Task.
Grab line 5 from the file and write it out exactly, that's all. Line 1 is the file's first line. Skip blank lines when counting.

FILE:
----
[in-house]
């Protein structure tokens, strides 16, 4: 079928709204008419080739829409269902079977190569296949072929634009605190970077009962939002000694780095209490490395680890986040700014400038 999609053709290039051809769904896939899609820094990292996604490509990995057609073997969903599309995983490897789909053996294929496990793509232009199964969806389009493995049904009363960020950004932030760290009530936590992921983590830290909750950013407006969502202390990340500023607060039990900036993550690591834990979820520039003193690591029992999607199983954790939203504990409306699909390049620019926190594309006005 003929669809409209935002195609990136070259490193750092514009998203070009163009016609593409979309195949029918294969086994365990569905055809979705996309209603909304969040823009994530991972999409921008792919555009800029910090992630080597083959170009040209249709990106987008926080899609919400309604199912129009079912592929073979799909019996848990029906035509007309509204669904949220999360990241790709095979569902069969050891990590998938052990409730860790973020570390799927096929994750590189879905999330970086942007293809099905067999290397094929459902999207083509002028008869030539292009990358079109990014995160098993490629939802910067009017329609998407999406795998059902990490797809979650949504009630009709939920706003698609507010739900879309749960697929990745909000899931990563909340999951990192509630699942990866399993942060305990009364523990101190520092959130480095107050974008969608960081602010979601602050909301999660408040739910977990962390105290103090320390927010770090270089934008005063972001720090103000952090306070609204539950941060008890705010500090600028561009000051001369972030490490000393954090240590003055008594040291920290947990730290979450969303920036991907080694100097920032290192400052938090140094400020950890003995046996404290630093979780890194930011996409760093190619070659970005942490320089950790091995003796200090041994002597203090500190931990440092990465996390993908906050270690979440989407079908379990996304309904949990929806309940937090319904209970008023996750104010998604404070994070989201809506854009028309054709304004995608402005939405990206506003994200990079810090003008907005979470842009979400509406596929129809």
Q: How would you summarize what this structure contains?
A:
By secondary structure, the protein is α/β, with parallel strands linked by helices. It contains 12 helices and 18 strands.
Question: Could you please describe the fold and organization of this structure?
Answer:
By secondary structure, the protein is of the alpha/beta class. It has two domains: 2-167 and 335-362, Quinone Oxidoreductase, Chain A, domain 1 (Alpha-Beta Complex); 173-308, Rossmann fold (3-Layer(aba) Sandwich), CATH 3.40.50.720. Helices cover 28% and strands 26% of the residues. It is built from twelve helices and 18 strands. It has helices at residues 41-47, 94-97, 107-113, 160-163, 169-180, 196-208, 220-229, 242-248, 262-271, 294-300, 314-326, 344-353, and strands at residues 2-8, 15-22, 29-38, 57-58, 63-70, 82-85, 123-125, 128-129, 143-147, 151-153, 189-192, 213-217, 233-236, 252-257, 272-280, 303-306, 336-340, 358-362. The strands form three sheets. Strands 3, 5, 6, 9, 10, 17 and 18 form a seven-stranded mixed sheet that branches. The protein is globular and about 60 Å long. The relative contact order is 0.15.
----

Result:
By secondary structure, the protein is α/β, with parallel strands linked by helices. It contains 12 helices and 18 strands.